The Law Offices of Grinberg & Segal, PLLC

Parole In Place for Family Members of U.S. Military Service Members

This article will provide a brief overview of the parole in place procedures set forth in the Memo.

Introduction
The Attorney General has limited discretionary authority to grant parole to an alien who is in the United States without an immigration status.  This exercise of parole is called “parole in place.”  A United States Citizenship and Immigration Services (USCIS) Memorandum (“the Memo”)[1] released on November 15, 2015, formalized a process for granting parole in place to family members of certain active duty military service members and former active duty service members.  Parole in place waives the entry without inspection ground of inadmissibility and allows the alien to begin the adjustment of status process.  This article will provide a brief overview of the parole in place procedures set forth in the Memo.

Statutory Background
The Attorney General has limited discretionary authority to grant both parole to an alien abroad and parole in place to an alien in the United States.  Section 212(d)(5)(A) of the Immigration and Nationality Act (INA) allows for the Attorney General, in his or her discretion, to grant parole for either urgent humanitarian reasons or if he or she determines that there is a significant public benefit supporting the grant of parole.

Benefits of Parole in Place
The Memo instructs that parole in place should be granted for an initial period of one year, and that it may be reauthorized in subsequent one-year increments.

Parole in place only waives inadmissibly under section 212(a)(6)(A)(i) relating to entry without inspection. This point is very important with regard to eligibility for adjustment of status.

In order to adjust status under section 245(a), an alien must have been admitted or paroled into the United States.  If the parolee is the immediate relative of a U.S. citizen or falls under certain special categories, he or she will be exempt from the bar to adjustment of status found in section 245(c)(2) which requires that the applicant have maintained continuously a lawful status since his or her last entry into the United States.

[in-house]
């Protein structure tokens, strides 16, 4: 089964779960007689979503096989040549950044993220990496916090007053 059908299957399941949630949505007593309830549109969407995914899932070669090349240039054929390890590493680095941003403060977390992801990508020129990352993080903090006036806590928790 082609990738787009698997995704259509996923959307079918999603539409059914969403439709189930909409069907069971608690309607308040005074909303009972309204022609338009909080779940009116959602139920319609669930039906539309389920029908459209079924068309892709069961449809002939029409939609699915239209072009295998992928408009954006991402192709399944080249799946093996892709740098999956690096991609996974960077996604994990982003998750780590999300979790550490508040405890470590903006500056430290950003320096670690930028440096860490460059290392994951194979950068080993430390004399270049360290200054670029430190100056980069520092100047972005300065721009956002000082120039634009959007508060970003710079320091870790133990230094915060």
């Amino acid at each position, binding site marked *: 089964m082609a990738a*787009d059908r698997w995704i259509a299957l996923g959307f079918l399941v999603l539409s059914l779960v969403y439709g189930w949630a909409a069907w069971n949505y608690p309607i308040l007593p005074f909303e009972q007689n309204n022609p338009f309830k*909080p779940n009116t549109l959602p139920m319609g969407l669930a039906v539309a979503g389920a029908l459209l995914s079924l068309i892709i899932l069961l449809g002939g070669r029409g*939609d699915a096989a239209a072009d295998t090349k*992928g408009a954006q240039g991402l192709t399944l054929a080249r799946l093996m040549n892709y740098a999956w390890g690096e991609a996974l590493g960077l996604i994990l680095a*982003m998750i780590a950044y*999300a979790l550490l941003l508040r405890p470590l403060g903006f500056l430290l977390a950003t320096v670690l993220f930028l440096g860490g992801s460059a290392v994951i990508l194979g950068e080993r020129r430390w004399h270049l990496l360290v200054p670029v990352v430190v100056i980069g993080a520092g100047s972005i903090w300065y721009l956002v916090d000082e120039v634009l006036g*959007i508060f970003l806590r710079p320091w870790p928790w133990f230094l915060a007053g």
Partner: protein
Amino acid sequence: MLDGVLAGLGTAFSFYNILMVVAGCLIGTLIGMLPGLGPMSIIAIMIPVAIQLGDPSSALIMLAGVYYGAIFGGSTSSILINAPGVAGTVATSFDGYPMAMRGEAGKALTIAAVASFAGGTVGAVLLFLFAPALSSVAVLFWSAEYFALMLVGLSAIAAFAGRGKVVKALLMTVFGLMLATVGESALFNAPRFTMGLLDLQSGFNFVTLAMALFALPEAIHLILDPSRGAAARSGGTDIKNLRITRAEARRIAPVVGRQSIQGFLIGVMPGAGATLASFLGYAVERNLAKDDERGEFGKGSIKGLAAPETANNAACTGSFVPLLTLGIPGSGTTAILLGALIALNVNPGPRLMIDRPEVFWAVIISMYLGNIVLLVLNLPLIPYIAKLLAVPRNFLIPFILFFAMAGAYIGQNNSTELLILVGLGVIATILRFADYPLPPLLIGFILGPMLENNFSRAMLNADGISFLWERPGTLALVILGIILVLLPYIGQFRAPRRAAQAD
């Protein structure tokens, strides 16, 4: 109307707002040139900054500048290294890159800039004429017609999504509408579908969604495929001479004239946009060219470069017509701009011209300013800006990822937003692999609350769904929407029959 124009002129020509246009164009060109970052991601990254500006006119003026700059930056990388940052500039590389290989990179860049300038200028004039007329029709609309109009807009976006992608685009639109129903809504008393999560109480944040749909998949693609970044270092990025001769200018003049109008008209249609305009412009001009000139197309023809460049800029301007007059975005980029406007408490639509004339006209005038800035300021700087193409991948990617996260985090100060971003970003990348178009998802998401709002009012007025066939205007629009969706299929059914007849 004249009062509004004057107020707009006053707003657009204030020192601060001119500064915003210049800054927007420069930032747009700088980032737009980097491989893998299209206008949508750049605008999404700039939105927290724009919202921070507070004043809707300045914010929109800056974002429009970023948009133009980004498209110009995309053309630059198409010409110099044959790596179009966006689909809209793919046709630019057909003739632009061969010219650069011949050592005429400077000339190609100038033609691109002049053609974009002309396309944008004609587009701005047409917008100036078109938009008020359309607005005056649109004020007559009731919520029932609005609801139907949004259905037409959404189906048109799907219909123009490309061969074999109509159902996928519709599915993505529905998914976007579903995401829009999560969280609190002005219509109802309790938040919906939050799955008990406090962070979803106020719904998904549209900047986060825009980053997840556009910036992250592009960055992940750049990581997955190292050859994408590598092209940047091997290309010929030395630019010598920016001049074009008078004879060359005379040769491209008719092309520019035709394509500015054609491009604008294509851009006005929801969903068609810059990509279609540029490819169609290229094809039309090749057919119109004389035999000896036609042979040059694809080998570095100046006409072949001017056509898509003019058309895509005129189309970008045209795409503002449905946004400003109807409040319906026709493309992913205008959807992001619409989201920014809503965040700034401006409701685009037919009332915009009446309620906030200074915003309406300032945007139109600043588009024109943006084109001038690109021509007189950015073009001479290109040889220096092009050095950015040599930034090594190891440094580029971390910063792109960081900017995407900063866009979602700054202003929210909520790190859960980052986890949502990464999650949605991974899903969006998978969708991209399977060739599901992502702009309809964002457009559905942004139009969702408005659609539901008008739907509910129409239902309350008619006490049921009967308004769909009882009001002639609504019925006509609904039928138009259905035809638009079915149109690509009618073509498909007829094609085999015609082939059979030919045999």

While parole in place may allow certain beneficiaries to adjust status, it does not in and of itself guarantee that a beneficiary will be eligible to adjust to permanent resident status.  For one, as we noted, parole in place only cures inadmissibility relating to entry without inspection.  Any other factors that may render the alien ineligible for adjustment of status must be addressed separately in order for the alien to be able to become a permanent resident.

Furthermore, the eventual eligibility of the alien for adjustment of status is not a prerequisite for granting parole in place.[2]  Thus, parole in place may be granted for discretionary reasons even if the alien is not likely to be able to adjust status.

  1. 1.Policy Memo, USCIS, Parole of Spouses, Children and Parents of Active Duty Members of the U.S. Armed Forces, the Selected Reserve of the Ready Reserve, and Former Members of the U.S. Armed Forces or Selected Reserve of the Ready Reserve and the Effect of Parole on Inadmissibility under Immigration and Nationality Act § 212(a)(6)(A)(i), PM-602-0091 (Nov. 15, 2013)
  2. 2.Q&As, Meeting USCIS Field Operations Directorate with AILA (Apr. 10, 2014), published on AILA InfoNet at Doc. No. 14050844

Please Read our Full Article to Learn More: http://myattorneyusa.com/parole-in-place-for-families-of-military-service-members-and-veterans

Or Read our Overview of Immigration Parole:  http://myattorneyusa.com/parole

The Law Offices of Grinberg & Segal, PLLC

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New York, NY 10005,
United States

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